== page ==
Be it for your personal finances or the largest corporations, the basic bank account reconciliation is one of the most simple yet invaluable tools available for keeping track of funds. On a personal level, this is usually a fairly straightforward exercise that can provide useful insight into your funds and money management.
Purpose of bank account reconciliation
The objective of performing a bank account reconciliation is to reconcile the cash you have available as per your books to those of your bank as reported on your monthly bank statement, taking into account any outstanding cheques written, deposits to be made, and other unaccounted for items such as bank service charges and interest earned. Not only does a bank account reconciliation help you keep track of your cash, it can also help you to identify errors in either personal or bank records so they can be addressed and remedied promptly. To that end, performing your reconciliation monthly on receipt of your bank statement is the most effective time as it enables you to address any discrepancies before they have a chance to accumulate or cause significant problems.
How to perform an account reconciliation
To perform a bank account reconciliation, begin with your cash on hand according to your personal record books and your bank statement. It may help to use a separate piece of paper or computer worksheet for the bank-to-books reconciliation and the books-to-bank reconciliation for ease of tracking.
For the bank-to-books reconciliation, write down the opening balance as per the bank statement. Deduct from that balance any outstanding cheques you have written that have not yet been cashed by comparing your cheque register to the statement, and add back any deposits you have to make that have not yet been processed by the bank. The sum of these amounts should be equal to the sum of your adjusted books record once you do that.
For the books-to-bank reconciliation, begin in the same manner and write down the opening balance as per your books. Deduct from that balance any bank service charges, interest charges, non-sufficient fund (NSF) cheques and fees and any automatic withdrawals you have set up that are not reflected in your personal books. Add back to the balance any amounts that the bank has collected on your behalf, usually in the form of notes receivable and unaccounted for automatic deposits and interest earned. The sum of these amounts should be equal to the above-calculated bank-to-books reconciliation.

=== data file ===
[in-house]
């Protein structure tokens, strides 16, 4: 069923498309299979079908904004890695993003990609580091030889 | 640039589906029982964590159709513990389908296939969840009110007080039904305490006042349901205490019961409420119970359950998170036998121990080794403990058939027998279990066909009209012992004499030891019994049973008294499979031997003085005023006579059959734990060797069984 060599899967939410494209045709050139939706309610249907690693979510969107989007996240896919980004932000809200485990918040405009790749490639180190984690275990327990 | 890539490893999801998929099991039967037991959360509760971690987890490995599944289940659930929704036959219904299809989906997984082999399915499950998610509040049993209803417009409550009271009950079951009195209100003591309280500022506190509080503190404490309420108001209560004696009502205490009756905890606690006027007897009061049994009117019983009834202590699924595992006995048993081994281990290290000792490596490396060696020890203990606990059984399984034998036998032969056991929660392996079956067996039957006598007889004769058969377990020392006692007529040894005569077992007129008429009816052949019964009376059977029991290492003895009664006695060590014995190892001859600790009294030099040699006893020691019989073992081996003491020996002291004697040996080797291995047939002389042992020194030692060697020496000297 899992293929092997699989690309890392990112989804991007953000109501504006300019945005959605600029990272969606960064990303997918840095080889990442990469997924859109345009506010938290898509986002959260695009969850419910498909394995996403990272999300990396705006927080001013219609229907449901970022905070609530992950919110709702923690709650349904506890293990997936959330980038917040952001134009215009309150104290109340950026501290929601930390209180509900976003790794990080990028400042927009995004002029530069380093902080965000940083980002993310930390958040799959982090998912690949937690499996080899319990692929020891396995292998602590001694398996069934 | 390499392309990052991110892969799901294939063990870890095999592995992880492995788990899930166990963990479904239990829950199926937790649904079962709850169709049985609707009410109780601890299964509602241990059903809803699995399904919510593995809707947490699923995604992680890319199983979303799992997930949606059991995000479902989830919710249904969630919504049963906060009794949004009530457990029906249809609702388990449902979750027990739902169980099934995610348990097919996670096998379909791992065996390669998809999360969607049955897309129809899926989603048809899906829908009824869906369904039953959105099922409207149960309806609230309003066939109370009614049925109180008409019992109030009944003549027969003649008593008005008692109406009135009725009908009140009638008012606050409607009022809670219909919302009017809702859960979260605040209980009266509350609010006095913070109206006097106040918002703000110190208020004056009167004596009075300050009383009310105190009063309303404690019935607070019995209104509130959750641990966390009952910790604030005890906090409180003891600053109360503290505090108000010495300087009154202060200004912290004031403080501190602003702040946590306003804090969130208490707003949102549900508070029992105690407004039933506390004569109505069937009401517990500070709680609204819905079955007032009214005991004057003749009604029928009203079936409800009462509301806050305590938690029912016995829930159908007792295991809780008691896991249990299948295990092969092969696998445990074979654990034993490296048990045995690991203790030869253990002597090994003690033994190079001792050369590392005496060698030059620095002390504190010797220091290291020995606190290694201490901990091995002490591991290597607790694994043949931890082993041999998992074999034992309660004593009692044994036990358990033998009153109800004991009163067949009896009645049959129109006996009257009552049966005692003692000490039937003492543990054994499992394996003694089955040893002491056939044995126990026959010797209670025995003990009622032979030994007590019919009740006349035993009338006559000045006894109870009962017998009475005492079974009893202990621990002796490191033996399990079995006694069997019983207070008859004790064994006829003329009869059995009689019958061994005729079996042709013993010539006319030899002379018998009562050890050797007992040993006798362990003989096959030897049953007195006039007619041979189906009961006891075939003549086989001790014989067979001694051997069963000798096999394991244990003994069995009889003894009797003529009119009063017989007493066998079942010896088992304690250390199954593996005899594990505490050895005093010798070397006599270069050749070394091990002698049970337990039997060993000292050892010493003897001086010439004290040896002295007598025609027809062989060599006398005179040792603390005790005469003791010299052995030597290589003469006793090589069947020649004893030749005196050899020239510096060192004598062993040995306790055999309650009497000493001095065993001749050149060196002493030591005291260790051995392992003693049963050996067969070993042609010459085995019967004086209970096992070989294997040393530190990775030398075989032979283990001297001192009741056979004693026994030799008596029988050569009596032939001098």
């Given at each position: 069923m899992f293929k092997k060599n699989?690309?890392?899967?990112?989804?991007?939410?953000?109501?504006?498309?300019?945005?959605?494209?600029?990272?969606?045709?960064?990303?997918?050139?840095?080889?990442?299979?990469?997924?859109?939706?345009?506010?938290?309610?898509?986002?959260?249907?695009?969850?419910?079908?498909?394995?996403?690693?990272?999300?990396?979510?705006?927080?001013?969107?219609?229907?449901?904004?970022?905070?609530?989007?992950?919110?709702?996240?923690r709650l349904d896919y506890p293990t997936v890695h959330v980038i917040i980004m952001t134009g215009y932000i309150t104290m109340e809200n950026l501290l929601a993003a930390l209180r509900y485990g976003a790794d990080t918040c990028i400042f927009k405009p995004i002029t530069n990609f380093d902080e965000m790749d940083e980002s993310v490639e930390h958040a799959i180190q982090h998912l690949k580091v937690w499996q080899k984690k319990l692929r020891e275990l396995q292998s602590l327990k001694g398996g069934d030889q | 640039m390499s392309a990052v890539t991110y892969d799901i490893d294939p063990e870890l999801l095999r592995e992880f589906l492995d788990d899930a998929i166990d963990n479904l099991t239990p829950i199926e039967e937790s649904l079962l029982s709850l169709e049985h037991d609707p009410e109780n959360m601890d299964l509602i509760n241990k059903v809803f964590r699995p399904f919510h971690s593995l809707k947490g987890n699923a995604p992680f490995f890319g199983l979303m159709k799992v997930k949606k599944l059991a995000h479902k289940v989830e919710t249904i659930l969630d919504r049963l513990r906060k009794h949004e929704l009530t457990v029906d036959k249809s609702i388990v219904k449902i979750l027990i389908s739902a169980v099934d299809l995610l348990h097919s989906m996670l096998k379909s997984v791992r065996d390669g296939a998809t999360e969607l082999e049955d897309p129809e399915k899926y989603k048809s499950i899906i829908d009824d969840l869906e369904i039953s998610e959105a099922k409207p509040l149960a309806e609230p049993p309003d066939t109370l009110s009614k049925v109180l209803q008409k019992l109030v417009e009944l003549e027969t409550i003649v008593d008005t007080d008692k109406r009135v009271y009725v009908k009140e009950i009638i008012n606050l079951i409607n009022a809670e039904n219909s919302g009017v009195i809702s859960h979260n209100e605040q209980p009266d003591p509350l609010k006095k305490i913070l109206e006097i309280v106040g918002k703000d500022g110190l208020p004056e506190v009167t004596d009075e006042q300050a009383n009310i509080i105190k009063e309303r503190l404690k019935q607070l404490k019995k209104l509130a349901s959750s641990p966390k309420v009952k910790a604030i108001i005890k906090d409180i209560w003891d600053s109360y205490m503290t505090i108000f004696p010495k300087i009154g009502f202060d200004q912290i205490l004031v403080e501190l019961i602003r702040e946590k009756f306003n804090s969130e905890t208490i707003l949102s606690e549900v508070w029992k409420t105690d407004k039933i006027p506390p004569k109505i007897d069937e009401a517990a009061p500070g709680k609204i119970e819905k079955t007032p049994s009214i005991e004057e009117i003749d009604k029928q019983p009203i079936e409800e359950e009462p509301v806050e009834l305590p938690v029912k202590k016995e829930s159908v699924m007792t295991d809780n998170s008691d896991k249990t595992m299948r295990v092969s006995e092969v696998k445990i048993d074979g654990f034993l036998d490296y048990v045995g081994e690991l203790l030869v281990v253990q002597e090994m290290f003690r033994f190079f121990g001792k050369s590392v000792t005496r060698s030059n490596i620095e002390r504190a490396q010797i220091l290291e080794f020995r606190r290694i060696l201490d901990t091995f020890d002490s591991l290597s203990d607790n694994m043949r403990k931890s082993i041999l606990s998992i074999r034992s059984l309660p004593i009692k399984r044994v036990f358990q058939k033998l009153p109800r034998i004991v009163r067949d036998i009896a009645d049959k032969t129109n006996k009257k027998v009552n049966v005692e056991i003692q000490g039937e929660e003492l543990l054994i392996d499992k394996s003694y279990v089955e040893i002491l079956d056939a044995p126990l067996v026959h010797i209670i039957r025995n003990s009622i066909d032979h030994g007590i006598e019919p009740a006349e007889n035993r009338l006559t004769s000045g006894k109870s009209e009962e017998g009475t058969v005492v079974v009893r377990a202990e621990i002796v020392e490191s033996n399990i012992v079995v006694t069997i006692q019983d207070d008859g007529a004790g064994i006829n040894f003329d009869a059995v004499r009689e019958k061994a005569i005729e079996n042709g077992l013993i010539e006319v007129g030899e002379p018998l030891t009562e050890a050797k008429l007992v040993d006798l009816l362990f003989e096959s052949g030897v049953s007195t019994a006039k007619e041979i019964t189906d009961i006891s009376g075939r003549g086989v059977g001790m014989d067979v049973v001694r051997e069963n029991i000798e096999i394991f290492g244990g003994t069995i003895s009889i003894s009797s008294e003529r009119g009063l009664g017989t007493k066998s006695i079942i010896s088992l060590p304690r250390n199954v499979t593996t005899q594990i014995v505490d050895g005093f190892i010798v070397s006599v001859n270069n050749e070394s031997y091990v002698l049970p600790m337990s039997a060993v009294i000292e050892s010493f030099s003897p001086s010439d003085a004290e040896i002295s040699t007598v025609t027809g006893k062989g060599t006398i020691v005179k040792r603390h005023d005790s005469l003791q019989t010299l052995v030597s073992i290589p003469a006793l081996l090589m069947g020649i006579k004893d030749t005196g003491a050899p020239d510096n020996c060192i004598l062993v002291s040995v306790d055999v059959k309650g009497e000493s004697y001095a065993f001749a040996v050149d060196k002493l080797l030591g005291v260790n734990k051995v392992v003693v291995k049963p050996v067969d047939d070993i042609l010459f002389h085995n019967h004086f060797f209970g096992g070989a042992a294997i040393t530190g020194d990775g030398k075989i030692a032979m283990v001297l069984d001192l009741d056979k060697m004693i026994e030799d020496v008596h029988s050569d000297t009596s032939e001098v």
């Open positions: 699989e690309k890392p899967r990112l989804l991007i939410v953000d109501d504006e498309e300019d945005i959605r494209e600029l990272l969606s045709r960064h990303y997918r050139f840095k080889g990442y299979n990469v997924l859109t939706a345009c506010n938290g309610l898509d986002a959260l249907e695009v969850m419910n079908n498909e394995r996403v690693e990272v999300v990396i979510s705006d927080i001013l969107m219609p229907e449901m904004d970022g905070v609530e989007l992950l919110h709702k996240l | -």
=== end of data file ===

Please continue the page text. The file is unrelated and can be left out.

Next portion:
If the two reconciliations do not agree to the same amount, this is indicative that either an adjustment was missed or an error was made either in your personal records or by the bank. Double check to ensure that no adjustments were overlooked, and then compare the balances to determine the difference between the two balances.
Bank account reconciliation errors
The three most common errors are an incorrect opening balance, deducting something that should have been added or adding something that should have been deducted, and transposition errors, so that for instance $1,234 is recorded as $1,243. The first error is easily remedied by double-checking that your opening balance matches your previously agreed month-end closing balance. If the second type of error is at fault, it can usually be found by dividing the difference by two, as the item was double-counted in the wrong direction, and seeing if that amount agrees to any adjusting items. If the third is the problem, transposition errors have a unique quality of being divisible by nine. Try dividing the difference by nine, and if that works, reviewing the books and statements for transposition errors may help you find the problem.
Upon identifying and adjusting for book and bank errors, the two final reconciliation balances should agree and your bank reconciliation will be complete. This will give you a clean slate as a starting ground going forward each month, and there will be the comfort of knowing that you are on top of your finances and any errors found can be addressed promptly- a worthy investment of what is unlikely to take more than twenty minutes of your time!